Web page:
A family braai , which is Afrikaans for barbeque, with my family who are all the way in Cape Town, South Africa.
My fellow South Africans will know that no one barbeques quite like we do. And for everyone else who hasn’t experienced a lekker braai, let me assure you that you can travel all over the world and eat grillables, [that’s a word now] but nothing will ever compare to a South African barbeque. Ever.
For those of you who’ve just stumbled onto this blog or have no idea what South Africans put on a grill, let me set the record straight: No, we do not grill scorpions. Nor do we grill snakes.
Although, Hussam was invited to a braai before and the hosts put snakes on the grill. So let me rephrase: Not all South Africans grill snakes for dinner.
Unfortunately, the last and only time Hussam and I were together in Cape Town he was there for ten days; he never got the chance to experience a family braai with my oddball family.
It’s not only the good food that I’m missing, but the whole family getting together. The jokes, the insane laughter, little kids running around, seeing my sisters dance crazily and being unable to resist joining in, I miss all of that and more.
I’ve told Hussam countless times that one day we’ll have a braai in Cape Town so that he can experience an event that I truly love. Even though I didn’t grow up in South Africa, there’s a part of me that’s South African through and through; it’s part of my identity. And there’s no way I’d let my kids miss out on such a typically South African get-together.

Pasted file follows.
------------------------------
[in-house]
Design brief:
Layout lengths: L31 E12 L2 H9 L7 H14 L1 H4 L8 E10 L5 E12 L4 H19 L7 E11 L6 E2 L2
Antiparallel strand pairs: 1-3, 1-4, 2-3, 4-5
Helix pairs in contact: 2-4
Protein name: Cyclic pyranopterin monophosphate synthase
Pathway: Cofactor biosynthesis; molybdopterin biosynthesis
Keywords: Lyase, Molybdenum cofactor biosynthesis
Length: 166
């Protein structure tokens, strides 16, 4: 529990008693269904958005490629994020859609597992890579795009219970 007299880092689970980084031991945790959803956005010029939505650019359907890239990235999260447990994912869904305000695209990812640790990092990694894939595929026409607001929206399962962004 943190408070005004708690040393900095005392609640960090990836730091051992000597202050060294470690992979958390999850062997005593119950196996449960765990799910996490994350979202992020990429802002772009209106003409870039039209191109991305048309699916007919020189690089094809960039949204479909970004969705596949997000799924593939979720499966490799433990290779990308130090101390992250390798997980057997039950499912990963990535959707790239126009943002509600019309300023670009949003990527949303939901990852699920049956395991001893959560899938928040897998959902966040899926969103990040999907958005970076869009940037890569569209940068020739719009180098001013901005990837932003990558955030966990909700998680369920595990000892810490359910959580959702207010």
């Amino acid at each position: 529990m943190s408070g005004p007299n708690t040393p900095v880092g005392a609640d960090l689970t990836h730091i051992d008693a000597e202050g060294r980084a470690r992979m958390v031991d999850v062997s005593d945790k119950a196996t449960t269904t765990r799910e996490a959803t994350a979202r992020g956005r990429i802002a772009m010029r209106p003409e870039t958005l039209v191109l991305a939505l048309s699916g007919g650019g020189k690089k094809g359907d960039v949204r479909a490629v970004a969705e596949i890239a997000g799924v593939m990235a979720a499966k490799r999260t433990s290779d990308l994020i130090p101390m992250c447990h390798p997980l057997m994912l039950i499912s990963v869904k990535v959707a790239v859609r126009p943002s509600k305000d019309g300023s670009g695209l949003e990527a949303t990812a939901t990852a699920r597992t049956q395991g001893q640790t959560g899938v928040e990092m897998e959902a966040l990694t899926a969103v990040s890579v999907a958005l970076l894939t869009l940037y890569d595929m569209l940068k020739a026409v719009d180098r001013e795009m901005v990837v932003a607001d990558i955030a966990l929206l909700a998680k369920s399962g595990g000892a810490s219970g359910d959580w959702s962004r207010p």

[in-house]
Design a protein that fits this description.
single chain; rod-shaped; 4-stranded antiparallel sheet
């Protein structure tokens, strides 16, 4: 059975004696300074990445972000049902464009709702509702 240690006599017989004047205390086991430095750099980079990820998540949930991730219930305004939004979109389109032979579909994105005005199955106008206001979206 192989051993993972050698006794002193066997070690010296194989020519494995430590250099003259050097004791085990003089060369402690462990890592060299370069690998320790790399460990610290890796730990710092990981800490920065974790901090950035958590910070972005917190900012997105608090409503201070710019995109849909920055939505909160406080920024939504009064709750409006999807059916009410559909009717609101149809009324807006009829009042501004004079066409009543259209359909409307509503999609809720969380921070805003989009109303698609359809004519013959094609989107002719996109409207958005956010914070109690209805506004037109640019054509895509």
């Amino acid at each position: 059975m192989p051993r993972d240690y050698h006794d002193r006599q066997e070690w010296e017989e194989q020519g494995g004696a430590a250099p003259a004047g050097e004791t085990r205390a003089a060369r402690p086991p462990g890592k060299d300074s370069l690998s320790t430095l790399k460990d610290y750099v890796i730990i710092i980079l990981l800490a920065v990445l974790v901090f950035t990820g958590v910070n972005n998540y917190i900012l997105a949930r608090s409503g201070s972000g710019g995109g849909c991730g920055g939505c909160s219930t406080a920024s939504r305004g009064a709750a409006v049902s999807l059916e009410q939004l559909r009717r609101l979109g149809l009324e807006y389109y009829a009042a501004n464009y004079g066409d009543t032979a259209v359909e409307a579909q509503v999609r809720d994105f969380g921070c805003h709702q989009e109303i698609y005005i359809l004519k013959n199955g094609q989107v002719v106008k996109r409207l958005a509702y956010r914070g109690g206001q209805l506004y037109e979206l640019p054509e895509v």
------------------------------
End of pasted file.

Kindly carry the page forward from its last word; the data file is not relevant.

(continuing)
In the past I thought it was a sad truth that the only time you see family members whom you haven’t seen in years is at funerals. That’s still true, but braais are a way to bring us all together without mourning. We’d braai at someone’s house, usually taking turns having it at my grandma’s place, my aunt’s place and so on or having it at one of my favourite places as a child, Wynberg Park.
I haven’t seen my family in ten months, but even when I was there ten months ago I wasn’t in the right mind to be completely grateful.
So, for all those who have amazing siblings, moms and/or dads and cousins you’ve grown up with, I hope you get to make more memories together, and for those of you living abroad missing your family, just do what I do sometimes; look at old family photographs and catch up with your kin.
If you want to know a little more about braais, click here.